The second big hurdle is design talent. There aren’t many overlaps between the creative community in Atlanta and the startup community. Atlanta has great design talent, but — because Atlanta’s startup community hasn’t needed them historically — they are locked up in agencies working on projects for huge companies. As a result, designers are even more difficult to find than developers, so most founders end-up ignoring design and this significantly damages brand and at the early stages…something critically important in B2C startups gaining trust with early customers and investors.

Common hurdle #3

The third hurdle is less obvious, but maybe the most important one to get right. It’s not well-known locally, but there’s a well-worn B2C playbook that is known by founders in more active B2C startups hubs (eg San Francisco, Brooklyn). The best way to increase your odds of creating a great B2C company is to surround yourself with B2C founders and advisors who know this playbook. And, of course, the developers and designers working on your product need to have experience with this playbook as well to give your B2C startup the highest likelihood of success.

We believe that Switchyards Design & Development is the right next step for Switchyards, so that idea-stage B2C founders have a single source for design and development talent that’s curated, priced right and experienced at building B2C startups.

How will it work?

If you have an idea for a B2C startup and are ready to start building, drop us an email. We can meet-up and discuss working together.

At a high-level, some of the best design and development talent for B2C startups is located right here at Switchyards. We’ve created a partnership with them, so that their pricing and process works for local founders who want to get the right resources to validate their idea, but lack angel and seed capital that they might have in other startup cities around the country.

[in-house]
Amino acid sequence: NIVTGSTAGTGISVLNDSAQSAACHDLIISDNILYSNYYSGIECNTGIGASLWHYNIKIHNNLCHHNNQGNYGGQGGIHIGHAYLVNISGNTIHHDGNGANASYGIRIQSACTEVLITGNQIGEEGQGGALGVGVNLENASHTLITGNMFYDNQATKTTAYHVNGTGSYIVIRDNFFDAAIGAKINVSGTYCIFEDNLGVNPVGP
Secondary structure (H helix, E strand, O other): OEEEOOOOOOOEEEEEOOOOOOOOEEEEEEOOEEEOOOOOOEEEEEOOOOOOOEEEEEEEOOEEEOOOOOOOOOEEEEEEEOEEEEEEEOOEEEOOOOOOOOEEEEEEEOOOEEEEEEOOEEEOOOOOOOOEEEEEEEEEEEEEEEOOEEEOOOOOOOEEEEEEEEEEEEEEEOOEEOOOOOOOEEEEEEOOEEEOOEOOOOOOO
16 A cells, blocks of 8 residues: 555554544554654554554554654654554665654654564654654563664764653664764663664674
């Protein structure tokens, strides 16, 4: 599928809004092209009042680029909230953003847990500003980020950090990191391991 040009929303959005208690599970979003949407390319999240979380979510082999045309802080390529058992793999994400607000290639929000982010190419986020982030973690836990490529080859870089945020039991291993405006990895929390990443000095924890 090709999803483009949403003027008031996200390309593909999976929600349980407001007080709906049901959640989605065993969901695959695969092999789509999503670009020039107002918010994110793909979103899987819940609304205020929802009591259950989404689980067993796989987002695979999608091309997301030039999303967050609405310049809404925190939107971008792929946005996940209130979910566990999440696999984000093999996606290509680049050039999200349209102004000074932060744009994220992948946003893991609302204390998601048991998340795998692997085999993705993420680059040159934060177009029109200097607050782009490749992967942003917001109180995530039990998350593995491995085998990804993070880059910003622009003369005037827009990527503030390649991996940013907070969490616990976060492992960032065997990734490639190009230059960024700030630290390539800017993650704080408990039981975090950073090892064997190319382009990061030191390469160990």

Once the resources, timeline and budget are in place, we’ll start building your product. And — since you’ll be working with resources located at Switchyards — you’ll get SDC membership, office space and parking as part of this program along with all the mentorship that goes along with working around the best B2C startup founders in the city.

Announcing an addition to our team

Lastly we are excited to announced today that Pete Bernardo has joined the Switchyards team to run Switchyards Design & Development.

Pete has two decades of product, design and strategy experience at a top agency in the southeast and now his efforts will be focused exclusively on supporting local B2C startups.

Please join us in welcoming Pete to the Switchyards team!

What do I do if I’m interested?

We aren’t folks with lots of processes. We are fellow founders who prefer to talk over coffee, so drop us an email and let’s meet-up to see if working together makes sense.

You can learn more about Switchyards Design & Development at www.switchyards.com or go directly to our site at “Founder Happy Place dot com.”

MWSA,

The Switchyards Team